Zeng Fanzhi’s portraits are globally celebrated for his use of expressionist representational techniques that document a prolific period of social and economic development in Chinese history. With an artistic career stretching across 30 years, Zeng Fanzhi has continuously sought to infuse western theories, calligraphy and social realism developing a body of work with symbolically rich and emotive images that have been universally lauded.
Based in Beijing, China, Zeng Fanzhi was born in Wuhan in 1964. Growing up during the later years of the Chinese Cultural Revolution, his parents who were printmakers were avid supporters of his creative interests, even when the family struggled to make ends meet. At 16 he travelled solo to Shanghai after learning of a travelling exhibition of French art. The show, 250 Years in France, surveyed paintings from every stage of French art history1. The show left a lasting impression on Zeng Fanzhi and would influence his art in the years to come. Honing the technical skills of social realist painting, Zeng Fanzhi studied Fine Arts at the Hubei Academy of Fine Arts from 1987 to 19912. Frustrated with the restrictive teaching methods, he trudged through his studies feeling uninspired as the curriculum consisted only of communist-approved art training, far from the colourful expressionist works he witnessed in Shanghai as a 16-year-old.
Figure (Mask Series) 1999 is striking in both its colourfully rendered composition and compact size. An anonymous masked figure stands in front of an idyllic beachside setting. Zeng Fanzhi’s distinct colour palette here is vivid, the figure illuminated with joyful yellows, blues and pinks all rendered to perfection, reminiscent of the key traits in social realist paintings from the mid-20th century. The subject appears youthful, healthy and well clothed, evoking a sense of prosperity and success, a heavy contrast to his critique on the current social problems faced by his homeland. Like many works by Zeng Fanzhi during this period, the face of his subjects are almost always obscured by a white mask. From 1994 and until 2001, this period became known as his Mask Series3. Revealing common feelings amongst the Chinese population, this concept prevents the viewer from seeing the figures true emotions.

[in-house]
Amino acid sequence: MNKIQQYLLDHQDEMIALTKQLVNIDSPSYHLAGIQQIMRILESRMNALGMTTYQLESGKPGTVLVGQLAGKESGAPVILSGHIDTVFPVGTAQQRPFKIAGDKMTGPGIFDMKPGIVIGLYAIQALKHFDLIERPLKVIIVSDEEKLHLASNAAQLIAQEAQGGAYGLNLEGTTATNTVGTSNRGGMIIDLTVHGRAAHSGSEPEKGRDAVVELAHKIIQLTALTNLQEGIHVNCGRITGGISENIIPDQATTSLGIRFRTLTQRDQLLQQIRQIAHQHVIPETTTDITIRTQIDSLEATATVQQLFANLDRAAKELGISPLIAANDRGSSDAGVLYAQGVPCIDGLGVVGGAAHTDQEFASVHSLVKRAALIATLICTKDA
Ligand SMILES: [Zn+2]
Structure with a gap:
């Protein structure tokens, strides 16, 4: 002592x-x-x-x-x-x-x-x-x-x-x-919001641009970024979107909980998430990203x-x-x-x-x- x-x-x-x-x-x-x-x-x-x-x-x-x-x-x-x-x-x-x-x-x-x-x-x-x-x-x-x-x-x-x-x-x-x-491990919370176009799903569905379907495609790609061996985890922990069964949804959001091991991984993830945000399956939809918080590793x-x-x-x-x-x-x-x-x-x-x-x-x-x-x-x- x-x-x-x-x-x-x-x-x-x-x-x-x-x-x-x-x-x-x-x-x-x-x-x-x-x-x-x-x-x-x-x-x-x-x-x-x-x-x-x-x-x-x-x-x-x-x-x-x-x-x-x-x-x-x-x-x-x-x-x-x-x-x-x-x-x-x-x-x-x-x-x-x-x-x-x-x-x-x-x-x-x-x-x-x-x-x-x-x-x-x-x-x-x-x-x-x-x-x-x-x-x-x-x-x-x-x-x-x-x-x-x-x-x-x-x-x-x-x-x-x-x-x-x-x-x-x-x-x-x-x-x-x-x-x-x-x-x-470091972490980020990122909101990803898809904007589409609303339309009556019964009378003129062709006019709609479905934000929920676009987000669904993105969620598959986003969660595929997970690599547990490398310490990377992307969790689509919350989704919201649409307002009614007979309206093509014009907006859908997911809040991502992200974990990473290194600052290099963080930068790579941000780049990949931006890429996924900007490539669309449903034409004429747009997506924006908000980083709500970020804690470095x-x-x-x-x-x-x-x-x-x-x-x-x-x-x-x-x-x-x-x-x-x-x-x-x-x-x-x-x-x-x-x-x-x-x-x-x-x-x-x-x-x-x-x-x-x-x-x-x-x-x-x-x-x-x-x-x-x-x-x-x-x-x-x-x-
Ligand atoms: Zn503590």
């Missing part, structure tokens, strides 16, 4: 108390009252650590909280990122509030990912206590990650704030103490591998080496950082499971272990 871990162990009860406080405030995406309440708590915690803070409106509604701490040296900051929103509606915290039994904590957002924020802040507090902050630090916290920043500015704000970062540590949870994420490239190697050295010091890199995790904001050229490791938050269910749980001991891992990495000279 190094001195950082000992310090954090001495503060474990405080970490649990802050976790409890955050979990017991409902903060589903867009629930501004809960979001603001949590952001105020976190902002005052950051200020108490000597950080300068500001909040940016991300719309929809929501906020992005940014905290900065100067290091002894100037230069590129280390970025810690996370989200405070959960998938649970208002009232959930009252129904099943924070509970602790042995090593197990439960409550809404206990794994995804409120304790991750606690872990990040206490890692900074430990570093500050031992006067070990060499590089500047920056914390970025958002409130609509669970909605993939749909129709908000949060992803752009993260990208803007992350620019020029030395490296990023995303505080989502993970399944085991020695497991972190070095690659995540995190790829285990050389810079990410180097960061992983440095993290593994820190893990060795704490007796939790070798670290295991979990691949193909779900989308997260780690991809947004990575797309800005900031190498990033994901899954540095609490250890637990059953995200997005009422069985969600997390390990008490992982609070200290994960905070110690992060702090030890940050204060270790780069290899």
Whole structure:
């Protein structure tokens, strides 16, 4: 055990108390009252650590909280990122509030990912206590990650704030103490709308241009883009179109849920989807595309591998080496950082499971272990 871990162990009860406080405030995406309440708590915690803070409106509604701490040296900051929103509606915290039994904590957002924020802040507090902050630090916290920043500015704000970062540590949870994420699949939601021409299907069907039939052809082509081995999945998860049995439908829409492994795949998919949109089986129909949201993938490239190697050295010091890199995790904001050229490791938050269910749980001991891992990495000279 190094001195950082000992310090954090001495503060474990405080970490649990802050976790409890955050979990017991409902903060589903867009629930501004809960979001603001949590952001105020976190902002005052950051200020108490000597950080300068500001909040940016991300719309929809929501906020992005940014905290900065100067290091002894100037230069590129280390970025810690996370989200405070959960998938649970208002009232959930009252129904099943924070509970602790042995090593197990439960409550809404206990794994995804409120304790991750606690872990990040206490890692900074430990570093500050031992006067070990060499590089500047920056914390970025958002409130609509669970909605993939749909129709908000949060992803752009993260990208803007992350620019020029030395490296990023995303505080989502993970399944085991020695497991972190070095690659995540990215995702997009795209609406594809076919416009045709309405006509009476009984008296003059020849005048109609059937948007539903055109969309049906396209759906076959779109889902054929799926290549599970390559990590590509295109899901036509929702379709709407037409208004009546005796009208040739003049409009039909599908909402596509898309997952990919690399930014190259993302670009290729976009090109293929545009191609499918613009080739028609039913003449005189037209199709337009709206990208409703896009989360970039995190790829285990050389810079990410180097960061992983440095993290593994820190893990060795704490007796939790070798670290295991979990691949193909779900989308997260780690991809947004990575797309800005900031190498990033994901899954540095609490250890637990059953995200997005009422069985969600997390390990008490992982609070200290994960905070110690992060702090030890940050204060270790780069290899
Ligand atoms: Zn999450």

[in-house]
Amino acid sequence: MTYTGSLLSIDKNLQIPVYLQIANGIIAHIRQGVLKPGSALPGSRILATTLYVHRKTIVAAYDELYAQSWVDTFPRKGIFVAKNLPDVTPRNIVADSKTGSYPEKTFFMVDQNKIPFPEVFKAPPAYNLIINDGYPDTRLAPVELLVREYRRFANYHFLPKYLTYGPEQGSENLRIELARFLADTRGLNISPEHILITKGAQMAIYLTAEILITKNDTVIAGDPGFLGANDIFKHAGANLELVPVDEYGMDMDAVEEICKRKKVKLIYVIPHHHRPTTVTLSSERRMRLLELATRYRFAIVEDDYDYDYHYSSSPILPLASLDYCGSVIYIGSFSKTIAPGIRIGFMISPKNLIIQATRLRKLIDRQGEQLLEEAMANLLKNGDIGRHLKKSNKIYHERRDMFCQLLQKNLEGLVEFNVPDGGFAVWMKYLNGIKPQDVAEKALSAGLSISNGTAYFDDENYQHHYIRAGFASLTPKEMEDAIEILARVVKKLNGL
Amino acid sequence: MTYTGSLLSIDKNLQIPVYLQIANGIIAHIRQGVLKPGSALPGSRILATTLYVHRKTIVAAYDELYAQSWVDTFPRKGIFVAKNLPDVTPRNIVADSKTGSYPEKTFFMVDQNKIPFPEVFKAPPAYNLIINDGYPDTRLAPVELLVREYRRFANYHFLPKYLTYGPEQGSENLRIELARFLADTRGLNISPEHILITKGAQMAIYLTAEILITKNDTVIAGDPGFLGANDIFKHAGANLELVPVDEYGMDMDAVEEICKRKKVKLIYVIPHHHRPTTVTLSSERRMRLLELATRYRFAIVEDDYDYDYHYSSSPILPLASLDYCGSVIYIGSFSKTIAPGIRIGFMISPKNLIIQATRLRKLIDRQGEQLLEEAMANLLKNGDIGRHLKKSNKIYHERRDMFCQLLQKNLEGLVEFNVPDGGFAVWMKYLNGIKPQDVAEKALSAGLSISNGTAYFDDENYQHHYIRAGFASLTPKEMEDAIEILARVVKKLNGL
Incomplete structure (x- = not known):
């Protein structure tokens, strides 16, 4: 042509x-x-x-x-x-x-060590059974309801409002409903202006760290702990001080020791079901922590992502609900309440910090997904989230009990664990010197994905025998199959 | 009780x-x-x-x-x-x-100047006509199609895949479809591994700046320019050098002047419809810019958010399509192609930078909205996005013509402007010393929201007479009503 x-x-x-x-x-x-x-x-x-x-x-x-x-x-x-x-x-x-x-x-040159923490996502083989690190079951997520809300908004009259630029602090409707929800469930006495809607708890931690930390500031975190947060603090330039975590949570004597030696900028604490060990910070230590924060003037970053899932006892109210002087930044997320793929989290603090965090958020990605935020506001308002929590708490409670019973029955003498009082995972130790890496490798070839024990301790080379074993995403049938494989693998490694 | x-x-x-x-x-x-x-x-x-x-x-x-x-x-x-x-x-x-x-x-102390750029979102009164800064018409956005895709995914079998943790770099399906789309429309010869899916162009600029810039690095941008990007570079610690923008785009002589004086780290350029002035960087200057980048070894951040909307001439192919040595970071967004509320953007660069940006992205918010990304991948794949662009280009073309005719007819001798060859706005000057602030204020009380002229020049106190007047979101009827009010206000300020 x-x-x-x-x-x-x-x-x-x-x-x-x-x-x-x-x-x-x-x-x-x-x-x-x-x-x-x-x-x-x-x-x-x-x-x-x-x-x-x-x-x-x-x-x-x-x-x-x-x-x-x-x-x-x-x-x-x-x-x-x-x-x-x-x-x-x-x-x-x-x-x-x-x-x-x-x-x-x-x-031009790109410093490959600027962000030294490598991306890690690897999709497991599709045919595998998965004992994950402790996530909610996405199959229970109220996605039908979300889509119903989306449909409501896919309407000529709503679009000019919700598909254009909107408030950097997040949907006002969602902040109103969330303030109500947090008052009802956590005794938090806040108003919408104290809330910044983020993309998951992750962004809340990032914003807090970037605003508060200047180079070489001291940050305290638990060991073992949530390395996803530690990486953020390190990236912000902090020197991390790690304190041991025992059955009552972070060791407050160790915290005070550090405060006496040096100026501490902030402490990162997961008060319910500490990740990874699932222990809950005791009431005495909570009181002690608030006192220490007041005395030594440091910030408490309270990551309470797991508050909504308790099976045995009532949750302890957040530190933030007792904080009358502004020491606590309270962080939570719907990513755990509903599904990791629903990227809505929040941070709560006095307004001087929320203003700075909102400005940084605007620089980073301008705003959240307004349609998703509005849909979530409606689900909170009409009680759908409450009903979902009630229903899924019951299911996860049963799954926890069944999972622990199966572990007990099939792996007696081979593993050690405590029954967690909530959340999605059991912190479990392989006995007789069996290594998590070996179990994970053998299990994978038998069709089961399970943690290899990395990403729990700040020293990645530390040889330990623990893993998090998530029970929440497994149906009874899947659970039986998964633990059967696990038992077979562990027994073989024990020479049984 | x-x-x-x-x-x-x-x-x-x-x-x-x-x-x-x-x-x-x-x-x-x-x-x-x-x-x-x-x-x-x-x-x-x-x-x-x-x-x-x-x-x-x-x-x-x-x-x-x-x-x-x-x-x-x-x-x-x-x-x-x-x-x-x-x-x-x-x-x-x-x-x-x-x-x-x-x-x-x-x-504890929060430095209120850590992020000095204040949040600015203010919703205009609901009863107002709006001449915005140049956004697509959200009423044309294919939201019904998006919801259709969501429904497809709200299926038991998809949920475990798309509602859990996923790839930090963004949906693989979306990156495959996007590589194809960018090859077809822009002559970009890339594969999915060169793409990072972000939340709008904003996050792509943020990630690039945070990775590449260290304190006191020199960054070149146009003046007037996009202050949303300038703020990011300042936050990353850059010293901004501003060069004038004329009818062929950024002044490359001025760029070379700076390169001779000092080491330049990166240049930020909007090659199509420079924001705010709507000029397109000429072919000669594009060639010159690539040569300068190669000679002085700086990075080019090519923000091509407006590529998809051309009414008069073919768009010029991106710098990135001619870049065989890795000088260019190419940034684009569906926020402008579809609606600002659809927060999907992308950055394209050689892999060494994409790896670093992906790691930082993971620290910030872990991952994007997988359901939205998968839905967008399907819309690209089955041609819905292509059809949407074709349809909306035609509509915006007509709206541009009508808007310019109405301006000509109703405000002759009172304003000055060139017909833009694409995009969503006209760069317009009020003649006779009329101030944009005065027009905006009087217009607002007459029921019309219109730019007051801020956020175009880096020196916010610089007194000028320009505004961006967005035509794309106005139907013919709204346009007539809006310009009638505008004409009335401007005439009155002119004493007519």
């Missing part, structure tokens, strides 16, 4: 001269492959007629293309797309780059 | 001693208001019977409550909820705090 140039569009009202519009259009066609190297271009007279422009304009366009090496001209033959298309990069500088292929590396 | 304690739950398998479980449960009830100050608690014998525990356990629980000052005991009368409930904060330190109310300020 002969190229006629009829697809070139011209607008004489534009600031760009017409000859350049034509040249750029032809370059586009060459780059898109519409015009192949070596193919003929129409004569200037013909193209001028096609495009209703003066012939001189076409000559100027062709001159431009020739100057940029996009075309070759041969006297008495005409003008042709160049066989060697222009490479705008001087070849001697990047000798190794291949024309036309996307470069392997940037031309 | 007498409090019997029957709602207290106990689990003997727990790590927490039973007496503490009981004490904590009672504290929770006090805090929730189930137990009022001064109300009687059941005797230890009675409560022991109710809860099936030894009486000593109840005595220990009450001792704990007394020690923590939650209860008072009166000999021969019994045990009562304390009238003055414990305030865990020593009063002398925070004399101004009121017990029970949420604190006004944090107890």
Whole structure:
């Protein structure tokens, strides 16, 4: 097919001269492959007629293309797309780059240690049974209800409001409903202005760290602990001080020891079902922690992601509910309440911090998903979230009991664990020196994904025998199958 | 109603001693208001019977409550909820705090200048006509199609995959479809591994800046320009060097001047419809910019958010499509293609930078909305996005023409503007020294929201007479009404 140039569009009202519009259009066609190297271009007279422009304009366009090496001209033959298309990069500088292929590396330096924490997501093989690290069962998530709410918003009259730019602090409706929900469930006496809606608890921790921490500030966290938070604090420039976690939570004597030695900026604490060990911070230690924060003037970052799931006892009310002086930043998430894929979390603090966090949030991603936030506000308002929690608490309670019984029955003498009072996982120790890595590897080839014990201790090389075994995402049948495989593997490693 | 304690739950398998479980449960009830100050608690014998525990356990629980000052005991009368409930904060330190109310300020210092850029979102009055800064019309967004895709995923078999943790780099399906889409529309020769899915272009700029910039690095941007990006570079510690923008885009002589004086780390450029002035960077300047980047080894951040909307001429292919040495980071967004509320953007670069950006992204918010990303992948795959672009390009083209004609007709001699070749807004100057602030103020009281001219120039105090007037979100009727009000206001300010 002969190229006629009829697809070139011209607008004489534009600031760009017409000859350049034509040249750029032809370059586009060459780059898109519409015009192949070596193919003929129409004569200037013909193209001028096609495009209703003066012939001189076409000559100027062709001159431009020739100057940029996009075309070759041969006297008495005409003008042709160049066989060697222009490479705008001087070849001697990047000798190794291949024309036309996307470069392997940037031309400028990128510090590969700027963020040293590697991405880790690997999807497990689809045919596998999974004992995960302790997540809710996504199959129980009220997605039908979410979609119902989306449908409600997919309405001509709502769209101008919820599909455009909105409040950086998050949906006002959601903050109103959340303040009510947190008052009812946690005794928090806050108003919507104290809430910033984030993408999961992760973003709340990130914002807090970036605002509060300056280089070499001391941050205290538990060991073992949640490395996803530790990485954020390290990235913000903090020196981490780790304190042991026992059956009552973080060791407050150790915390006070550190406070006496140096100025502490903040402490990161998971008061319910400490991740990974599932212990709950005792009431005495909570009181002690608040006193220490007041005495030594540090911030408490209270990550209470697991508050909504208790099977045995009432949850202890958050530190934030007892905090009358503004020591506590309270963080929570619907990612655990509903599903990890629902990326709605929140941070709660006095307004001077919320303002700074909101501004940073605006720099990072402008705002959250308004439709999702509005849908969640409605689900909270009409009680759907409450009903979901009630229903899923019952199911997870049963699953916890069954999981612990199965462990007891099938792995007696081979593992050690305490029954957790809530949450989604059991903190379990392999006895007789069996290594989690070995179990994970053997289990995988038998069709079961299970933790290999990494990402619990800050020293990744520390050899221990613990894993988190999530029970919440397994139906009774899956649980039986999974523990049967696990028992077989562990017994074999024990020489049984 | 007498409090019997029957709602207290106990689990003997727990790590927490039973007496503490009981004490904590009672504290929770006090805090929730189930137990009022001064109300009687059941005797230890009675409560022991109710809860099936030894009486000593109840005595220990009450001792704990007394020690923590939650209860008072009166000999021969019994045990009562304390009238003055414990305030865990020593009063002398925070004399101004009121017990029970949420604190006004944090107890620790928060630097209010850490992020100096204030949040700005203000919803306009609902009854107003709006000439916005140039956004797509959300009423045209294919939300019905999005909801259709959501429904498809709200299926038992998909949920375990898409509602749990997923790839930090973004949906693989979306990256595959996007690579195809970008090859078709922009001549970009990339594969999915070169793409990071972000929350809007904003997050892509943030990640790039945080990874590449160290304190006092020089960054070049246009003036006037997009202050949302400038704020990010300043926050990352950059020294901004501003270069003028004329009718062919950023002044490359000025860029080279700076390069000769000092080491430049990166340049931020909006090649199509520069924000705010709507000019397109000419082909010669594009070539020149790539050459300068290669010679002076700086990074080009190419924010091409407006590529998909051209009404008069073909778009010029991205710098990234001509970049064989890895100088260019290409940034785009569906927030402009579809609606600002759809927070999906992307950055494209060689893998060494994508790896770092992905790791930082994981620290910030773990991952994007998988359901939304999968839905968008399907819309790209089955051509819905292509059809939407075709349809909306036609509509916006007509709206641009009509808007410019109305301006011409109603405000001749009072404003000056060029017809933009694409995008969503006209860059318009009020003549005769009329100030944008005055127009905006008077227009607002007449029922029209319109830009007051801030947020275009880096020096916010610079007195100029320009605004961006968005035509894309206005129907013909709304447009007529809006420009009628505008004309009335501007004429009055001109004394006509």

Between the subject and viewer lays a bed of pink and white flowers in the foreground, a subtle acknowledgment to the brutalities of the Hundred Flowers Movement leaving citizens untrusting and scarred. Initiated by the government in the mid-1950s, the move was intended to engage intellectuals, students and artists who were previously alienated by the Chinese Communist Party. Encouraging them to express their opinions freely, it was designed to promote the flourishing of the arts and progress of science. Following this brief period, those who spoke out were persecuted, resulting in convictions, re-education camps and executions4. The artist’s signature oversized hands are down by the subject’s side, natural to the figures mid-stride motion. Zeng Fanzhi’s reference to the enlarged hands and head speaks to the shared anxiety amongst his subjects. As critic Li Xianting summarises “the overall effect is of people who are trying to suppress their emotions in order to present an air of calm – yet they are betrayed by their hands; they are unable to conceal their hands”.
Zeng Fanzhi’s deceptively simple depictions are carefully crafted constructs of the Chinese landscape in which he found himself in. Steeped in symbolism and hidden meaning, Zeng Fanzhi depicts the relationships between individuals and society, especially during times of political change. As an accomplished artist, Zeng Fanzhi has chosen to live and work in his home country with the intention of supporting other contemporary artists whose practices do not follow the Social Realist constructs. In 2009, Zeng Fanzhi represented China in the Venice Biennale, and in 2013 he exhibited at the Musée d’Art Moderne and the Louvre in Paris. With a practice unparalleled in the world of Chinese contemporary art, Zeng Fanzhi has also been recognised internationally. In 2007, he scored his first 7-digit auction result in London, multiplying the low-end estimate by 11 times. In 2008 a work from his Mask Series fetched US$9.6 million in Hong Kong (five times its mid-range estimate), reaching his height in 2013 at US$23.3 million for his work The Last Supper, marking his place as one of the world’s highest selling contemporary living artists.
1. Zeng Fanzhi-Biography and Legacy, The Art Story, theartstory.org/artist/zeng-fanzhi/life-and-legacy/
2. Li, Xianting, Zeng Fanzhi, ShanghART Gallery
3. Erickson, B., Zeng Fanzhi: Raw Beneath The Mask, Shang Art Gallery, Shanghai 2001
4. Short, P., Mao: A Life, Macmillan, New York 2000 pp. 457–471.
Lucy Foster | Fine Art Specialist
Banner Image: ZENG FANZHI (Chinese, born 1964) Figure (Mask Series) 1999, coloured pencil on card, 20 x 18cm | $60,000 – 80,000